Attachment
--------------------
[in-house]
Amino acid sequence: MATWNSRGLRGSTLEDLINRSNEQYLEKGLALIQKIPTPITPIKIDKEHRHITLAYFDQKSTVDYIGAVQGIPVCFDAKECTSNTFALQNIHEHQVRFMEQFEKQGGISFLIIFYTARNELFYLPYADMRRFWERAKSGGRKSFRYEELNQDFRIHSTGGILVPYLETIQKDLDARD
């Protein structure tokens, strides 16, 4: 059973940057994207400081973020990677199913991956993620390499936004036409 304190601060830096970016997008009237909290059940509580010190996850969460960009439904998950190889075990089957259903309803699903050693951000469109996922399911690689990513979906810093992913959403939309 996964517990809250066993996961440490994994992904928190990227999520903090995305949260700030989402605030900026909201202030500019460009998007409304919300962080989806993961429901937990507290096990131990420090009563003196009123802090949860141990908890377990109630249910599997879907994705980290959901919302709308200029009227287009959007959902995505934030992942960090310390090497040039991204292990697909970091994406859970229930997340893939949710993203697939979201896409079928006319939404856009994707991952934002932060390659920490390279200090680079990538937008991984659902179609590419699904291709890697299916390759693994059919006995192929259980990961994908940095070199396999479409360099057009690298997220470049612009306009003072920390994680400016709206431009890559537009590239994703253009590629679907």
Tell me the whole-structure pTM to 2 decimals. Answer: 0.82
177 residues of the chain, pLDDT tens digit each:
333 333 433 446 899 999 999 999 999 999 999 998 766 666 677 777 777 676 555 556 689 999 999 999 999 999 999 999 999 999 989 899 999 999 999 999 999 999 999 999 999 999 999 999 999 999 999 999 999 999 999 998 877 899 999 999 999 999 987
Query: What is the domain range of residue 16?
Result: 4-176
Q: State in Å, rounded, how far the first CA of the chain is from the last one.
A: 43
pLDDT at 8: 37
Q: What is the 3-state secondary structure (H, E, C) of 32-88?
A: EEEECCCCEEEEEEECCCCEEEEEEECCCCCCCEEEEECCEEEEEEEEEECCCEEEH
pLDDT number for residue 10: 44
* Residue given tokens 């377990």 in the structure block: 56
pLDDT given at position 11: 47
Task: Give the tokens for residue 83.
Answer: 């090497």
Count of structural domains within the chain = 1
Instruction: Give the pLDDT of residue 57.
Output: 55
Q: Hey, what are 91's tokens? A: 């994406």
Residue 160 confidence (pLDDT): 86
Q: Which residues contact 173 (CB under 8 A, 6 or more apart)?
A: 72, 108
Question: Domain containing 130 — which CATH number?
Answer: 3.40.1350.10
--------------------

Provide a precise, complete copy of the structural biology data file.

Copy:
[in-house]
Amino acid sequence: MATWNSRGLRGSTLEDLINRSNEQYLEKGLALIQKIPTPITPIKIDKEHRHITLAYFDQKSTVDYIGAVQGIPVCFDAKECTSNTFALQNIHEHQVRFMEQFEKQGGISFLIIFYTARNELFYLPYADMRRFWERAKSGGRKSFRYEELNQDFRIHSTGGILVPYLETIQKDLDARD
């Protein structure tokens, strides 16, 4: 059973940057994207400081973020990677199913991956993620390499936004036409 304190601060830096970016997008009237909290059940509580010190996850969460960009439904998950190889075990089957259903309803699903050693951000469109996922399911690689990513979906810093992913959403939309 996964517990809250066993996961440490994994992904928190990227999520903090995305949260700030989402605030900026909201202030500019460009998007409304919300962080989806993961429901937990507290096990131990420090009563003196009123802090949860141990908890377990109630249910599997879907994705980290959901919302709308200029009227287009959007959902995505934030992942960090310390090497040039991204292990697909970091994406859970229930997340893939949710993203697939979201896409079928006319939404856009994707991952934002932060390659920490390279200090680079990538937008991984659902179609590419699904291709890697299916390759693994059919006995192929259980990961994908940095070199396999479409360099057009690298997220470049612009306009003072920390994680400016709206431009890559537009590239994703253009590629679907």
Tell me the whole-structure pTM to 2 decimals. Answer: 0.82
177 residues of the chain, pLDDT tens digit each:
333 333 433 446 899 999 999 999 999 999 999 998 766 666 677 777 777 676 555 556 689 999 999 999 999 999 999 999 999 999 989 899 999 999 999 999 999 999 999 999 999 999 999 999 999 999 999 999 999 999 999 998 877 899 999 999 999 999 987
Query: What is the domain range of residue 16?
Result: 4-176
Q: State in Å, rounded, how far the first CA of the chain is from the last one.
A: 43
pLDDT at 8: 37
Q: What is the 3-state secondary structure (H, E, C) of 32-88?
A: EEEECCCCEEEEEEECCCCEEEEEEECCCCCCCEEEEECCEEEEEEEEEECCCEEEH
pLDDT number for residue 10: 44
* Residue given tokens 């377990």 in the structure block: 56
pLDDT given at position 11: 47
Task: Give the tokens for residue 83.
Answer: 């090497």
Count of structural domains within the chain = 1
Instruction: Give the pLDDT of residue 57.
Output: 55
Q: Hey, what are 91's tokens? A: 């994406």
Residue 160 confidence (pLDDT): 86
Q: Which residues contact 173 (CB under 8 A, 6 or more apart)?
A: 72, 108
Question: Domain containing 130 — which CATH number?
Answer: 3.40.1350.10